BIAB Brewing

My brew system is best for 10-20 gallon batches. I tend to shy away from IPAs because the 2nd and 3rd keg usually has lost most of its spark. Also with my larger system I have to do a fairly large yeast starter to get to the right pitch rate and lagers need a huge starter. So I’m thinking BIAB can solve two problems. I’ll make ~7G batches and pull ~2G off for yeast starters and use the rest for a 5G batches. This should allow from some fresh IPAs (or other beers) and wort for yeast starters. Here is my general plan as I think it through and as it evolves in practice.

  1. First, figure out how large of a yeast starter is needed for the next batch
  2. Design the small batch recipe
  3. Increase the batch based on the beer strength and yeast starter size
  4. Double check that this will fit in the kettle

Part of my BIAB plan is to do this quickly in the evenings. To do this I’m going to do 45min mashes, 30-45 min partial boils, partial chills by adding ice to ~100F, and then will pitch yeast the following day. Depending on the beer I’ll either pull the yeast starter after I chill or before whirlpool hop additions for hoppy beers.

  1. Setup kettle and add water
  2. Add mineral additions and acid
  3. Heat mash using either
    1. propane burner
      • This is the fastest way to heat. My guess is that this will take about 20mins to heat to mash temps. make sure kettle insulation is removed.
    2. heat stick
      • I have a self made heat stick. Using either my brew controller or a programmable AC socket I can set this up ahead of time and heat things prior to really starting my brew night. Best guess is that this take 1-2 hours to get to mash -in temps. This should make the brew night go faster than using a kettle. I’ll also attach the kettle insulation now to help with efficiency.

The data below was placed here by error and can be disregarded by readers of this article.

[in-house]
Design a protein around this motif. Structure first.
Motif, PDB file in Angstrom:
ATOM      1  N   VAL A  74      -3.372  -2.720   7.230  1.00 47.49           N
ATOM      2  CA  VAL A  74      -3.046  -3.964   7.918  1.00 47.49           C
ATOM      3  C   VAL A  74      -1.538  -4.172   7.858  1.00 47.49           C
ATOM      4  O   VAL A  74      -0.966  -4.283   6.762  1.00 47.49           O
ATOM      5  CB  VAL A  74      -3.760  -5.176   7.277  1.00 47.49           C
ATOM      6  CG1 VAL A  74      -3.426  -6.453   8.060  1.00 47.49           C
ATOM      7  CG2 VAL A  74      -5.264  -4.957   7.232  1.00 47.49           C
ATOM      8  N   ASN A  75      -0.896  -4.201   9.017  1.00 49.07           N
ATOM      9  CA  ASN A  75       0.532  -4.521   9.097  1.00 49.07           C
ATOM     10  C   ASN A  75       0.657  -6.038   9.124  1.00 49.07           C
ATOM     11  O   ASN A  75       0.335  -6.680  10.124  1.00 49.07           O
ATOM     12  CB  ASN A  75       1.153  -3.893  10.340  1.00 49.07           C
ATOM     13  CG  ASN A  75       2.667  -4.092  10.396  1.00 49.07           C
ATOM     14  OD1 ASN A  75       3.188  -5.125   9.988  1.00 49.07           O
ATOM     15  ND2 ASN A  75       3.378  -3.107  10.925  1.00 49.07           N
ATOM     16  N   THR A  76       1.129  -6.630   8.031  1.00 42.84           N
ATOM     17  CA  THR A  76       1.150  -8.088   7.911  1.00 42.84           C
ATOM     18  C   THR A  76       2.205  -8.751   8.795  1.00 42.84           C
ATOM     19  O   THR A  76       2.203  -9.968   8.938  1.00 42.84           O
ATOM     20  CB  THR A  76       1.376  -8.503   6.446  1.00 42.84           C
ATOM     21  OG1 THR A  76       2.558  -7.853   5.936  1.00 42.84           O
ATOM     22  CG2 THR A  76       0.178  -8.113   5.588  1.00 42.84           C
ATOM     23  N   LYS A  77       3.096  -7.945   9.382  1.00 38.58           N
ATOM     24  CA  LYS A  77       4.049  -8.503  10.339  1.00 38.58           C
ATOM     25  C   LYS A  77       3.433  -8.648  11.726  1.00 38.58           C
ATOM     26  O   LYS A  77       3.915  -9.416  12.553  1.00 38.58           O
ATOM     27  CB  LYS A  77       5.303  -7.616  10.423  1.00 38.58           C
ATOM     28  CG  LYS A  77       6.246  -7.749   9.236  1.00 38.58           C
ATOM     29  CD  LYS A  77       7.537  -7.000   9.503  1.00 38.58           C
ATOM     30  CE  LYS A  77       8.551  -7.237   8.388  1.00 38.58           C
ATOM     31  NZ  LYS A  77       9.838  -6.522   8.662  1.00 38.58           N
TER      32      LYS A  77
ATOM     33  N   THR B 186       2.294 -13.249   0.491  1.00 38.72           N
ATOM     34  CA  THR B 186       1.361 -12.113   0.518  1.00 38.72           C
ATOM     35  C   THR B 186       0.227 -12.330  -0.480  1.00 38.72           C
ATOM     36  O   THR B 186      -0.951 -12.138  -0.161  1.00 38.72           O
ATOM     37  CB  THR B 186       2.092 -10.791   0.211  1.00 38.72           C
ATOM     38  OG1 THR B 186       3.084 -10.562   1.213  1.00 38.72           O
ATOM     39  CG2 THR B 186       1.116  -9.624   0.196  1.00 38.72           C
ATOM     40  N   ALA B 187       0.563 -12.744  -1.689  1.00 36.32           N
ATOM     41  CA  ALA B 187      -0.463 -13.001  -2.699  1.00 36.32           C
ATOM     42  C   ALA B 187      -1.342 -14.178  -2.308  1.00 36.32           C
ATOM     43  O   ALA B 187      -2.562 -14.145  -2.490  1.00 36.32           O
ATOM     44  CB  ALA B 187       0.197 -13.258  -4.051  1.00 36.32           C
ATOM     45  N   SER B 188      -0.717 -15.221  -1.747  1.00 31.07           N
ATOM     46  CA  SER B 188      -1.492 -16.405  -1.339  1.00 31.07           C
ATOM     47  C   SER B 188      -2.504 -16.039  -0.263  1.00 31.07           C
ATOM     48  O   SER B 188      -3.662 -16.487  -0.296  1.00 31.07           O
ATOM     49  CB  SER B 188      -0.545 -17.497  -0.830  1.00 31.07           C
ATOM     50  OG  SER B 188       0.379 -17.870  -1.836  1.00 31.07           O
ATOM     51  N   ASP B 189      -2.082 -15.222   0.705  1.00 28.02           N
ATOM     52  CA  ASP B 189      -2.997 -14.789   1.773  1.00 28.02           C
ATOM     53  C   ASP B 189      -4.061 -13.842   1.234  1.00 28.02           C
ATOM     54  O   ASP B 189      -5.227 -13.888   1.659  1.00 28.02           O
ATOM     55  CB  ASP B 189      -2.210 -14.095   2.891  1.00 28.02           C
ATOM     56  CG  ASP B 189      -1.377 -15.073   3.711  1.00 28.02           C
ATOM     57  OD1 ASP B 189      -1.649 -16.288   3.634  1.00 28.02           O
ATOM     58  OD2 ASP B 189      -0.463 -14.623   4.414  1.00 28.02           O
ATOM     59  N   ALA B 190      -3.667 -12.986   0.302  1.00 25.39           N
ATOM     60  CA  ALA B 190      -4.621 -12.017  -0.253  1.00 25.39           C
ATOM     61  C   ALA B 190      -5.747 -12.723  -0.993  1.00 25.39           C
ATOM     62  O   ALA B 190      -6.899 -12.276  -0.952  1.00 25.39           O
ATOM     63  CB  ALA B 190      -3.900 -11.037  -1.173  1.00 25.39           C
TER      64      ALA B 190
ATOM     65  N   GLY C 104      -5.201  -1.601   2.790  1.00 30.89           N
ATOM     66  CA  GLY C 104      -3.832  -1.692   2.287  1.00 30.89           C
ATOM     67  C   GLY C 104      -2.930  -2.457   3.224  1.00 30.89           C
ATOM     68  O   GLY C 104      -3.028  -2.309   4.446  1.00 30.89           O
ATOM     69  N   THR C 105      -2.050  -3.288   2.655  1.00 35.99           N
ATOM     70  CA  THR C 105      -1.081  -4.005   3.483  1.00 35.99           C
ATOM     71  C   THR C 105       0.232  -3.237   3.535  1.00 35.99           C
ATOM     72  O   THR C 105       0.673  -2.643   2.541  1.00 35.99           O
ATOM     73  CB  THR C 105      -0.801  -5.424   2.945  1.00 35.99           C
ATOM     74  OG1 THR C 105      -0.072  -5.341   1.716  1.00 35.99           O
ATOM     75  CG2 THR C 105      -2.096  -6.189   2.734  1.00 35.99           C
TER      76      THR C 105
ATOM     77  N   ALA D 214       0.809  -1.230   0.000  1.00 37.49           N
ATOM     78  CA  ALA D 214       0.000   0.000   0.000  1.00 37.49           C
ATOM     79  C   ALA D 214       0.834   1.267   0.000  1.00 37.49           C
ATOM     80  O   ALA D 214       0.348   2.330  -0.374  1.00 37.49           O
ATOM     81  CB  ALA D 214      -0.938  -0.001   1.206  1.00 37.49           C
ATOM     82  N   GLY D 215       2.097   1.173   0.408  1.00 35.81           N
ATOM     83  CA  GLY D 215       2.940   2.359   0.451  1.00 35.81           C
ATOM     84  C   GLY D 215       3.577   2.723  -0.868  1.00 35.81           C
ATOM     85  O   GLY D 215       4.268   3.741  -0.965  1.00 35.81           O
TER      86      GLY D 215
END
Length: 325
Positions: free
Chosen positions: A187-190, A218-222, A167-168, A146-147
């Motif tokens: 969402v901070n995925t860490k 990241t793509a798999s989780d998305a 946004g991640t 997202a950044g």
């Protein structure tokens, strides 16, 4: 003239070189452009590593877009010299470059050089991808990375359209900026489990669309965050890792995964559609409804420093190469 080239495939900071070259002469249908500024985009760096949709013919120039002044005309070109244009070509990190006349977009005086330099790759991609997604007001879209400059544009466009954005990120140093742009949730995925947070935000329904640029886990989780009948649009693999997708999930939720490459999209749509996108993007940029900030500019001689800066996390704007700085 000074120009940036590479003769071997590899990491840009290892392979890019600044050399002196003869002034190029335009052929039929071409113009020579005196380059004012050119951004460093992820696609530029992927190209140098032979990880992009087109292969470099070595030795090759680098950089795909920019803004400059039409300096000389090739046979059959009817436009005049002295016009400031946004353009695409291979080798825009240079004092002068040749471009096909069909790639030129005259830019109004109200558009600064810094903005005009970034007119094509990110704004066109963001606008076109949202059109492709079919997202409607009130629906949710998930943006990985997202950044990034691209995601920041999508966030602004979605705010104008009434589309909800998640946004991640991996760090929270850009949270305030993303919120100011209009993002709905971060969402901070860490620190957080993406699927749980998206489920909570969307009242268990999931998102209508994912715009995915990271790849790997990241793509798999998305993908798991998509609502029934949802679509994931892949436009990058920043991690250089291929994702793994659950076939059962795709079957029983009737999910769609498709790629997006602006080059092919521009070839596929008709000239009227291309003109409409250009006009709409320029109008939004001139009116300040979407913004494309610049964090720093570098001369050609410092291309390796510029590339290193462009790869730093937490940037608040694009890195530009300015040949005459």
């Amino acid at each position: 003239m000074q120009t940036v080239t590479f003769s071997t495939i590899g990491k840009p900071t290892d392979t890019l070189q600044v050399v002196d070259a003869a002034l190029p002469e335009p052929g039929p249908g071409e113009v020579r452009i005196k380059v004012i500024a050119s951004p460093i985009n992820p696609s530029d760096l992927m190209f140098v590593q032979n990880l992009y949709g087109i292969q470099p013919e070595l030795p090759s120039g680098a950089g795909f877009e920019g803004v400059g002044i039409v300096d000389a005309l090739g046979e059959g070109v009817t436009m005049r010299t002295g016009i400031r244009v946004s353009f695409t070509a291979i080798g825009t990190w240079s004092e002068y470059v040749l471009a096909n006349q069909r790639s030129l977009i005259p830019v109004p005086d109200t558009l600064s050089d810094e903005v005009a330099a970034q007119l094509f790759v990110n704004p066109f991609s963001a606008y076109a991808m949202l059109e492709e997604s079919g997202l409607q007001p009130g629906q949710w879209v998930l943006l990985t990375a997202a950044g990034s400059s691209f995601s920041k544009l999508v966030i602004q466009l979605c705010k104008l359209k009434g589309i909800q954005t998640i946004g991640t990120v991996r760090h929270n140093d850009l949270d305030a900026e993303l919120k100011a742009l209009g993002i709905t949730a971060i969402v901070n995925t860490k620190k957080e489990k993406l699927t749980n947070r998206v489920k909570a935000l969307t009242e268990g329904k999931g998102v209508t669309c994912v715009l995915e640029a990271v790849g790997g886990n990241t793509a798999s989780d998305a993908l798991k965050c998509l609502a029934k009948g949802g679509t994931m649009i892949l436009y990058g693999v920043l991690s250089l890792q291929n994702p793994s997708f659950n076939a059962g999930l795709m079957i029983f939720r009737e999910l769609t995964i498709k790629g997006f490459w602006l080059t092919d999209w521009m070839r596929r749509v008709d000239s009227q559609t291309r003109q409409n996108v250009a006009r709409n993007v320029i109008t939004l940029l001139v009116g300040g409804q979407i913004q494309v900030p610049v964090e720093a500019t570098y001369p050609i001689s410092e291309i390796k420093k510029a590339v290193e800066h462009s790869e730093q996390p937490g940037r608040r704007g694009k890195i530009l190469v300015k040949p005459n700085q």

3. Sous Vide cooker
      • Similar to my heat stick, I can set up my Inkbird Sous Vide cooker ahead of time and be mash-in ready when I start my brew day. My heat stick is 1500W while the inkbird is on 1000W so I’ll have to start earlier
  4. Once ready to mash in, attach the kettle insulation if propane was used and then add grain.
  5. Stir every 10-15mins.
  6. Lift out Brew bag and drain into another pot
    1. I’ve never done BIAB before and am unsure if I’ll be able to hold and squeeze the grain bag myself. I’ll plan to transfer to a smaller pot to squeeze just in case.
  7. Remove the kettle insulation and boil using propane
    • Propane will be much faster than my heat stick (I’m not even sure I could get to a boil)
  8. Follow the recipe hop additions
  9. At boil end, if this is a hoppy beer then pull out yeast starter amount
    • need to adjust pull out at this time for the concentrated wort
    • I’ll likely be transferring into elyhpmere flasks so there isn’t any worries about wort temp at this point
  10. Perform any whirlpool additions
  11. When done, add ice.
    • This should get the wort down to ~100F. Isomerization stops below 140F, but I’ll be transferring to glass carboys most of the time so I need to make sure I don’t thermal shock the glass
  12. Pull yeast starter amount, if not done previously
  13. Place wort in fermentation chamber to chill overnight
  14. Clean up quickly and go to sleep
  15. Pitch the yeast the next morning